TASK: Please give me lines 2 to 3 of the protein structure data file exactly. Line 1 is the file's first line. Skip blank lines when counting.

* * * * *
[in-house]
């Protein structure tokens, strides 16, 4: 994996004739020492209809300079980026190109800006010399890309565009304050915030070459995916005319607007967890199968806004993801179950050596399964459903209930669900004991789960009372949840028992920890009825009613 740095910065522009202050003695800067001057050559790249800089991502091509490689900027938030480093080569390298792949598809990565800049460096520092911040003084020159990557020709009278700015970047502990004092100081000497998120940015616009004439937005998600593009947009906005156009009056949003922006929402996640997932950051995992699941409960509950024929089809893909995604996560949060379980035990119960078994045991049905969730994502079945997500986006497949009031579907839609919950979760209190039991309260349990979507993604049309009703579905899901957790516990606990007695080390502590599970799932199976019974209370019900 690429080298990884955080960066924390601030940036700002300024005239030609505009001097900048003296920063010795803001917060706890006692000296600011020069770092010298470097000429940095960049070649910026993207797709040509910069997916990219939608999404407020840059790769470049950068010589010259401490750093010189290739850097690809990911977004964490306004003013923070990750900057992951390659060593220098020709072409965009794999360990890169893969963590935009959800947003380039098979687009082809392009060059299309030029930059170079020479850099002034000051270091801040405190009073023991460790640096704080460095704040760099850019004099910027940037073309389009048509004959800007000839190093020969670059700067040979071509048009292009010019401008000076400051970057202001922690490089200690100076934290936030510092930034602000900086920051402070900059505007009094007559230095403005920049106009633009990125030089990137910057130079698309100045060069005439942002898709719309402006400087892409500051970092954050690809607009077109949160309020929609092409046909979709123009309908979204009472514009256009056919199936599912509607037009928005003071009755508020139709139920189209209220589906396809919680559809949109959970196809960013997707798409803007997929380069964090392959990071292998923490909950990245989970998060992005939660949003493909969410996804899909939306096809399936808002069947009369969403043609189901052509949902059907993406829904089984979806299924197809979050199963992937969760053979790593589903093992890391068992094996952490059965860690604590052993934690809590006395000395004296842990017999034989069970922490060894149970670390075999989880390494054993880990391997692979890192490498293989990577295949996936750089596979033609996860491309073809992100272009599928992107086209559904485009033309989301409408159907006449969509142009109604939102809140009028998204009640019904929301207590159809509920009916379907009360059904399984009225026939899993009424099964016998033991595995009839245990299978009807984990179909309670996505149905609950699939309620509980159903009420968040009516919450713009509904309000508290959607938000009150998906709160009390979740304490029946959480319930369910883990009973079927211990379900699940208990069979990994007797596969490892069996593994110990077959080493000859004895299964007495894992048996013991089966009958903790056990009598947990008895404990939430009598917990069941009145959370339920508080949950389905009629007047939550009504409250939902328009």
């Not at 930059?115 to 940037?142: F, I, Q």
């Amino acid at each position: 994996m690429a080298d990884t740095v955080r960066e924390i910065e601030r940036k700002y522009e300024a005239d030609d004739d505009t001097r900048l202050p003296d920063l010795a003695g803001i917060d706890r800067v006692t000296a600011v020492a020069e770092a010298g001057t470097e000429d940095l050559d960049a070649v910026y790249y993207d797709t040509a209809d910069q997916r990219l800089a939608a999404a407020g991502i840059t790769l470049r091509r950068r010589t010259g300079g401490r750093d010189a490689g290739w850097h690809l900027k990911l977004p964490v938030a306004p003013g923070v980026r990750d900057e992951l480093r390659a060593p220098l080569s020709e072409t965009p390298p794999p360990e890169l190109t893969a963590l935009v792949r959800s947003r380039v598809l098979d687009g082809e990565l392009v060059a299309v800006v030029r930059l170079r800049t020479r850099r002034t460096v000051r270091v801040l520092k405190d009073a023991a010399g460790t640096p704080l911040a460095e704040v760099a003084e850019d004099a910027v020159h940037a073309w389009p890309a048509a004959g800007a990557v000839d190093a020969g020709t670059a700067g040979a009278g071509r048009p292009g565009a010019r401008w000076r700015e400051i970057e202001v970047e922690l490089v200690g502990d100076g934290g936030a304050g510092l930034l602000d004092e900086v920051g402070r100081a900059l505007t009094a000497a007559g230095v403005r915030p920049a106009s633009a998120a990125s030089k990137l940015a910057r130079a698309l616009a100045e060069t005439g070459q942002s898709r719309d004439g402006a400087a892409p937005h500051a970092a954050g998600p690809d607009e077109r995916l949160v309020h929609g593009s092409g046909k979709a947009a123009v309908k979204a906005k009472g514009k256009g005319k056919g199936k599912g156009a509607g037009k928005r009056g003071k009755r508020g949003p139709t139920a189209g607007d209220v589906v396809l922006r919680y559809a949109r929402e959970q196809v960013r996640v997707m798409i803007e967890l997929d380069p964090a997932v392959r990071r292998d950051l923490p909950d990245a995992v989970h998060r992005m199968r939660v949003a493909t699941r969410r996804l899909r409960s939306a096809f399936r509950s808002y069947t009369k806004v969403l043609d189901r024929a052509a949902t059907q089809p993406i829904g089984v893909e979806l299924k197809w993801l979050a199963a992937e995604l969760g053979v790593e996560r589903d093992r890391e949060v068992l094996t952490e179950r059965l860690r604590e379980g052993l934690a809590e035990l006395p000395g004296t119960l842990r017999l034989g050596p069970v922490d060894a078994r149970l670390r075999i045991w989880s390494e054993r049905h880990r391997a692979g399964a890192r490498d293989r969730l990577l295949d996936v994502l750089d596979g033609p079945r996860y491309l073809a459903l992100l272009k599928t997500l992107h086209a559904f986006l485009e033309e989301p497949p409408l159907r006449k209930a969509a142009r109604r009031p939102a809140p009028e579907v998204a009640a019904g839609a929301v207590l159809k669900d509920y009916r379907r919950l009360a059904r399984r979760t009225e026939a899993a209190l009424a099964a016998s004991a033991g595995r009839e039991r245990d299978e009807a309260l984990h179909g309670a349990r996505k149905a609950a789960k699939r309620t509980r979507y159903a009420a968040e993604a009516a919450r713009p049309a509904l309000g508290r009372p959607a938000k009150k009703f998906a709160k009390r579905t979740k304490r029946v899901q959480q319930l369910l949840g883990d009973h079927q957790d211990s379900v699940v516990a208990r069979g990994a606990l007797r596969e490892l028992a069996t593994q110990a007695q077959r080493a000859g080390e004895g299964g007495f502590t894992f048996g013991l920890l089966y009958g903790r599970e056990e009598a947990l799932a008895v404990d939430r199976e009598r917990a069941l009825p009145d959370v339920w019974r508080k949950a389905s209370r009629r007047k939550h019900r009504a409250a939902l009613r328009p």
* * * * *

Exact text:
């Protein structure tokens, strides 16, 4: 994996004739020492209809300079980026190109800006010399890309565009304050915030070459995916005319607007967890199968806004993801179950050596399964459903209930669900004991789960009372949840028992920890009825009613 740095910065522009202050003695800067001057050559790249800089991502091509490689900027938030480093080569390298792949598809990565800049460096520092911040003084020159990557020709009278700015970047502990004092100081000497998120940015616009004439937005998600593009947009906005156009009056949003922006929402996640997932950051995992699941409960509950024929089809893909995604996560949060379980035990119960078994045991049905969730994502079945997500986006497949009031579907839609919950979760209190039991309260349990979507993604049309009703579905899901957790516990606990007695080390502590599970799932199976019974209370019900 690429080298990884955080960066924390601030940036700002300024005239030609505009001097900048003296920063010795803001917060706890006692000296600011020069770092010298470097000429940095960049070649910026993207797709040509910069997916990219939608999404407020840059790769470049950068010589010259401490750093010189290739850097690809990911977004964490306004003013923070990750900057992951390659060593220098020709072409965009794999360990890169893969963590935009959800947003380039098979687009082809392009060059299309030029930059170079020479850099002034000051270091801040405190009073023991460790640096704080460095704040760099850019004099910027940037073309389009048509004959800007000839190093020969670059700067040979071509048009292009010019401008000076400051970057202001922690490089200690100076934290936030510092930034602000900086920051402070900059505007009094007559230095403005920049106009633009990125030089990137910057130079698309100045060069005439942002898709719309402006400087892409500051970092954050690809607009077109949160309020929609092409046909979709123009309908979204009472514009256009056919199936599912509607037009928005003071009755508020139709139920189209209220589906396809919680559809949109959970196809960013997707798409803007997929380069964090392959990071292998923490909950990245989970998060992005939660949003493909969410996804899909939306096809399936808002069947009369969403043609189901052509949902059907993406829904089984979806299924197809979050199963992937969760053979790593589903093992890391068992094996952490059965860690604590052993934690809590006395000395004296842990017999034989069970922490060894149970670390075999989880390494054993880990391997692979890192490498293989990577295949996936750089596979033609996860491309073809992100272009599928992107086209559904485009033309989301409408159907006449969509142009109604939102809140009028998204009640019904929301207590159809509920009916379907009360059904399984009225026939899993009424099964016998033991595995009839245990299978009807984990179909309670996505149905609950699939309620509980159903009420968040009516919450713009509904309000508290959607938000009150998906709160009390979740304490029946959480319930369910883990009973079927211990379900699940208990069979990994007797596969490892069996593994110990077959080493000859004895299964007495894992048996013991089966009958903790056990009598947990008895404990939430009598917990069941009145959370339920508080949950389905009629007047939550009504409250939902328009």
């Not at 930059?115 to 940037?142: F, I, Q």